Review: Festival of Carols, Elora

In today’s Record

Modelled on the Church of England carol service tradition, the Festival of Carols presented Saturday evening by the Elora Festival Singers was a perfect microcosm of the ideal Christmas season: full of wit and good cheer and free from holiday anxieties about presents, neverending baking and Uncle Harold’s inevitably inappropriate dinner table comments.

St. John the Evangelist Anglican Church in Elora was just the right size, with the wonderfully intimate atmosphere resulting in a real feeling of a communal event. The tenor of the evening was captured brilliantly by conductor Noel Edison’s poinsettia-red crushed velvet smoking jacket: a little bit traditional and a whole lot of fun.

The first piece was an energetic arrangement of the Sussex Carol by Bob Chilcott. Stilted rhythm and compound chords are characteristic of his style and this version was unapologetically modern setting of this Victorian carol. The next piece on the program, the Coventry Carol, did not survive its updating quite so well. Chilcott’s arrangement traded in the gentle eeriness of the carol’s modal harmony for something that had — somewhat oddly considering the subject matter — lost a bit of its innocence.

Hark! The Herald Angels Sing, the first audience participation number, was lifted straight out of a King’s College, Cambridge, carol service complete with the Willcocks descant on the third verse and gloriously crunchy alternative harmonization courtesy of organist Michael Bloss on the fourth.

Two non-religious songs followed, A Christmas Song and Old Toy Trains. The first is so closely tied to Mel Torme, that it wouldn’t have been a surprise to see him making his way into the chancel.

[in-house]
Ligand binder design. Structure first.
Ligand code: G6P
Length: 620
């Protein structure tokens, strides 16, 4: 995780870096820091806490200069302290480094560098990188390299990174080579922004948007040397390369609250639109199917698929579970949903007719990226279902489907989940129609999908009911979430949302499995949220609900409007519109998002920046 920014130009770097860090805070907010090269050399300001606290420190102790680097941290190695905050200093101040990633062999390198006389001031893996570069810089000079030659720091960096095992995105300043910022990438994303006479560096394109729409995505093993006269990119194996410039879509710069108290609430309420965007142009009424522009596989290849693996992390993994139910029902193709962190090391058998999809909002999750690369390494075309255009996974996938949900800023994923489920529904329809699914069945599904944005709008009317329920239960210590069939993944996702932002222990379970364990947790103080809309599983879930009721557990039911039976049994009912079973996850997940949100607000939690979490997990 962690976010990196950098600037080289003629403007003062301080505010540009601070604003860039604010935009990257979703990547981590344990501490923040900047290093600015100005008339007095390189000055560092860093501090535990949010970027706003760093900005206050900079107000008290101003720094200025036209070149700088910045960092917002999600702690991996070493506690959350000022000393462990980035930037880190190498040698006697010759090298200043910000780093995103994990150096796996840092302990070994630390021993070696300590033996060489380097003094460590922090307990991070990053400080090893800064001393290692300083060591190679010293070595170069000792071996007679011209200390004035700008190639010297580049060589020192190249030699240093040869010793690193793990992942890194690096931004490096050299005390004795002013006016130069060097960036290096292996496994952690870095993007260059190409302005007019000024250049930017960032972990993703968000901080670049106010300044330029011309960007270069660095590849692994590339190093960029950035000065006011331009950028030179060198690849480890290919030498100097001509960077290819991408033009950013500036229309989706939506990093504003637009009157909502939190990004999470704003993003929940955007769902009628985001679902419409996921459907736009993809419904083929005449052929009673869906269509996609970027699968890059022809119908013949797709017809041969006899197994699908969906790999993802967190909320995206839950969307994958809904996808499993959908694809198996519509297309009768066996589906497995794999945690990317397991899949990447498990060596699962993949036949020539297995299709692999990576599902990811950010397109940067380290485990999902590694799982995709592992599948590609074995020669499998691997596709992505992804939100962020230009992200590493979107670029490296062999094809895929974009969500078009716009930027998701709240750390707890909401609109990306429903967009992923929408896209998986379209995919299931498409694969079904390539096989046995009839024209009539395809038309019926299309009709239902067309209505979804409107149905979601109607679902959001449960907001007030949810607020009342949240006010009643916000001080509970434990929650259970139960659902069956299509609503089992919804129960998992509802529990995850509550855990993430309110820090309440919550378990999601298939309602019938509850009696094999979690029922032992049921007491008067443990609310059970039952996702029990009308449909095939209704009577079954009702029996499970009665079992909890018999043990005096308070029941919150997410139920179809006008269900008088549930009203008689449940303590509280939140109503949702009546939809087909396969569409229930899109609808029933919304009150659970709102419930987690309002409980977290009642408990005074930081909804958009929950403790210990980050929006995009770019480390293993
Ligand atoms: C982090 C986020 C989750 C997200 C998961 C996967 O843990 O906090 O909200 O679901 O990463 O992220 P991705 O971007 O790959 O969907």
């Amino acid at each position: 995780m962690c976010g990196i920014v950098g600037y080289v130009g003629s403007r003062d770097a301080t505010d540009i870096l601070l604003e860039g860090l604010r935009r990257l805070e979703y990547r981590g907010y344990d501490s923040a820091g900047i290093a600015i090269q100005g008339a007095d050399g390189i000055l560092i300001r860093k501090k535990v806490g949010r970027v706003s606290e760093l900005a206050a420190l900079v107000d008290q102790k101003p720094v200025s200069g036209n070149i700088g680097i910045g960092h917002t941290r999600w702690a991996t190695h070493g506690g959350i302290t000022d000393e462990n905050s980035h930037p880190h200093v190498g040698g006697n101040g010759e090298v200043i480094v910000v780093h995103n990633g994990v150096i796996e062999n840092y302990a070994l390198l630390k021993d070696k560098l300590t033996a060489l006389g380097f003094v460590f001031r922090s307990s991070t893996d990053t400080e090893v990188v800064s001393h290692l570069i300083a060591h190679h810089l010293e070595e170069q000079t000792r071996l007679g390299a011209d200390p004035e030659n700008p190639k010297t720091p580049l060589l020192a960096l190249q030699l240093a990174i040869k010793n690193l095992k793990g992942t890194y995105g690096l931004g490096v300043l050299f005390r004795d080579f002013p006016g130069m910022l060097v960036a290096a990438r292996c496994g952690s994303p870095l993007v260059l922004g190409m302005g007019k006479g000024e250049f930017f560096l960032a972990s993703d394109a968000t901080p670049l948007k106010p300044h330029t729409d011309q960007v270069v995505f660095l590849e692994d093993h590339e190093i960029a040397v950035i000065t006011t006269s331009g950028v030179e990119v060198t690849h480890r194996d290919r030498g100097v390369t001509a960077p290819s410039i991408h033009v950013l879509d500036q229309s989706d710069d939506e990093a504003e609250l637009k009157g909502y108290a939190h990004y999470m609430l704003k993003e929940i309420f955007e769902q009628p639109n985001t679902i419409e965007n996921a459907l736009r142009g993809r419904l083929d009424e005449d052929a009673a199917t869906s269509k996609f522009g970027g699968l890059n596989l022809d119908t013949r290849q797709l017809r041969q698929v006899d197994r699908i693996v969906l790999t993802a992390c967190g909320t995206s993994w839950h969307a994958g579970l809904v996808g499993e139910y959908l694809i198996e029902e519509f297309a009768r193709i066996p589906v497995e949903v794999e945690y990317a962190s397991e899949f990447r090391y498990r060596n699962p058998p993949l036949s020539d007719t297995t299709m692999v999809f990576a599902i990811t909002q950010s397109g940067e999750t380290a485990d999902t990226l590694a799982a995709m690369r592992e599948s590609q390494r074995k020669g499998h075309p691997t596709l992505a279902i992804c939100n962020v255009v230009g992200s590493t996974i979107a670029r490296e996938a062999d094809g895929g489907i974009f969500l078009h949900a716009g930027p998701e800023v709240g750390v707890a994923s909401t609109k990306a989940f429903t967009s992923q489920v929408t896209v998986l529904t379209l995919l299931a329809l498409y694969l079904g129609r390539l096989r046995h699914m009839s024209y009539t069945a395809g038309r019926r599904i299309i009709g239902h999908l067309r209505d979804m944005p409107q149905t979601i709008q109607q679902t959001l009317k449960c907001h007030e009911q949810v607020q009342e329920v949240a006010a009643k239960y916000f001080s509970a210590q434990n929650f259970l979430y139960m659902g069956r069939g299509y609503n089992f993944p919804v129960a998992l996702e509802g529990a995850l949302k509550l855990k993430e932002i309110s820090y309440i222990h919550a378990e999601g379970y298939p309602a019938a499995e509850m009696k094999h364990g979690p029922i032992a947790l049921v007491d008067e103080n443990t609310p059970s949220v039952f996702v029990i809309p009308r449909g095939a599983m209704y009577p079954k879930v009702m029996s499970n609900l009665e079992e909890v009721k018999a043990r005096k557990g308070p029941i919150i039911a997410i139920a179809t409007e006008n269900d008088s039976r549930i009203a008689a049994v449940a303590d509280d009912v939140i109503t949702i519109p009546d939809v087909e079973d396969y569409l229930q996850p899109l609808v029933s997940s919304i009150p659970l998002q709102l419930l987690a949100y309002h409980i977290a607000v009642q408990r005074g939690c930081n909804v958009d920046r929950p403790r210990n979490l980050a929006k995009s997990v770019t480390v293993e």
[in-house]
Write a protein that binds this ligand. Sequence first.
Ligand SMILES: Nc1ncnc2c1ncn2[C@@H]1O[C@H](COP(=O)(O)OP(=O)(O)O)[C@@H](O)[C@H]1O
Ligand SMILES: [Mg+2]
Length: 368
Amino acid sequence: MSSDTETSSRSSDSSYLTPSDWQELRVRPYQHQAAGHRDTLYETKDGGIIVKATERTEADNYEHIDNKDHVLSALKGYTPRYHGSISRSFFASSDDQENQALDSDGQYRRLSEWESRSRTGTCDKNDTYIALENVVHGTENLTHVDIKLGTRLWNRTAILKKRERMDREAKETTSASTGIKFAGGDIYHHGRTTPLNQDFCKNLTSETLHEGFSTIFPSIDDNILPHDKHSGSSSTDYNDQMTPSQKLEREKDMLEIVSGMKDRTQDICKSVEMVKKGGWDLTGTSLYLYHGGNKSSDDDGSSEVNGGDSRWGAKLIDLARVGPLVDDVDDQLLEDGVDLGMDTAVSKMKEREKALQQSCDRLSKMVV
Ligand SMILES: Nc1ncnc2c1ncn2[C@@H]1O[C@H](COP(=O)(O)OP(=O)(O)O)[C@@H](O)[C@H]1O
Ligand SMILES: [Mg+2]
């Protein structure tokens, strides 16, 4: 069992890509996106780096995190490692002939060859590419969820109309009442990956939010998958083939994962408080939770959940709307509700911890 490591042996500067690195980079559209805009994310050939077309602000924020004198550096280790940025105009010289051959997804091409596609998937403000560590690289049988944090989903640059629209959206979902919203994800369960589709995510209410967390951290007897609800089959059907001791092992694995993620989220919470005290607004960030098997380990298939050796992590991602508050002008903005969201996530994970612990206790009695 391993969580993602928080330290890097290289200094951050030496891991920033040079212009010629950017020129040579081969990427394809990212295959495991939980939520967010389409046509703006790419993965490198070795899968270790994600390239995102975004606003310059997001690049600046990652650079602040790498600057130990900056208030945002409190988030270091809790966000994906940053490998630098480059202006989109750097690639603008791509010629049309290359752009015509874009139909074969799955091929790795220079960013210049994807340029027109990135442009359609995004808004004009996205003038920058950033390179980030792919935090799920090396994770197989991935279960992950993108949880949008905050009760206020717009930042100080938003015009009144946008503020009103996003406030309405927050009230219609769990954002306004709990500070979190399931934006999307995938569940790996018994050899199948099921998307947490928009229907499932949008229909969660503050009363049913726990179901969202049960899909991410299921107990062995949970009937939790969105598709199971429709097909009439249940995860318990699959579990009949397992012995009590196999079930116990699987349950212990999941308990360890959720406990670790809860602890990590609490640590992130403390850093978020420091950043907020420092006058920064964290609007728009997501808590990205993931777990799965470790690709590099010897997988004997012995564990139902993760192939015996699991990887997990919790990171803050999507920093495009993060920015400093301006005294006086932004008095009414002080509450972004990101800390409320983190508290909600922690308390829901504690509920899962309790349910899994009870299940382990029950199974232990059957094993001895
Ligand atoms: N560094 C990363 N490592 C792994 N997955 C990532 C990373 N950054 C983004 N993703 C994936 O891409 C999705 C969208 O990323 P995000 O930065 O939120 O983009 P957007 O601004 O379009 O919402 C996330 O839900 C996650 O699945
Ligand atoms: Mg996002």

On this occasion, Mel’s shoes were ably filled by bass Michael Cressman, who rather than trying to imitate, made the song his own. Although Old Toy Trains was saccharine to the extreme, it did illustrate the choir’s incredible ability to switch between genres and vocal styles seemingly without effort, a sign of an ensemble with great depth.

The next audience carol was superb arrangement of The First Nowell by Paul Halley. It was an imaginative mixture of modern and traditional styles that brought a fresh twist to a seasonal favourite.

The Twelve Days of Christmas is often a song that seems like a good idea at the time but loses its appeal somewhere around the time the geese come on the scene. Thankfully, that was not the case on Saturday.

The song unfolded in a fairly traditional manner until the choir reached the first mention of the five gold rings, when seemingly out of nowhere, alto Robin Vaillancourt, channelling Mahalia Jackson, launched into a flamboyantly melismatic improvisation.

As the song continued, the five gold rings were transformed into the Flower Duet from Delibes’ opera Lakm√©, Silent Night, a barbershop quartet, Motown, a 1940s choir with vibrato wide enough to drive a truck through, an earnest children’s choir and an enthusiastic gospel choir complete with several well-placed hallelujahs.

In short, it was brilliant and it was clear the choir members were really enjoying themselves. The jokes were still fresh despite this being the program’s fourth performance in three days.

Jingle Bells was given a 1950s stereophonic treatment that brought to mind post-Sinatra lounge orchestras. Again, the choir adapted effortlessly to the change in style and made it sound like jazz was their core repertoire.

The Elora Festival Singers continued the traditional carol theme after a rousing audience-aided rendition of O Come, All Ye Faithful with a beautiful arrangement of In The Bleak Midwinter.

This was the most classical of the pieces the choir sang on their own and the results were captivating. Their lovely, full sound filled the church with an aural version of mulled cider: warm, soothing and impossible to dislike.

Interpolated between the musical numbers were stories selected by St. John’s minister, Robert Hulse, “not so much for your spiritual edification as your amusement.”

Hulse is gifted with spot-on comedic timing and had the audience in stitches with The Snow Shoveler’s Diary and A Senior Christmas.

The piece de resistance, however, was Hulse’s final contribution, a story of a good deed gone terribly and hilariously wrong.

In spite of the fact that my companion was intent on reliving his days as a boy soprano during the audience singing, it does seem a pity that it will be another 360 days until the next Elora Festival Singers Festival of Carols. Happily there are only 26 days until their next concert. Entitled Made in Canada, it takes place at St. John’s Church on Sunday, Jan. 20, at 3 p.m.

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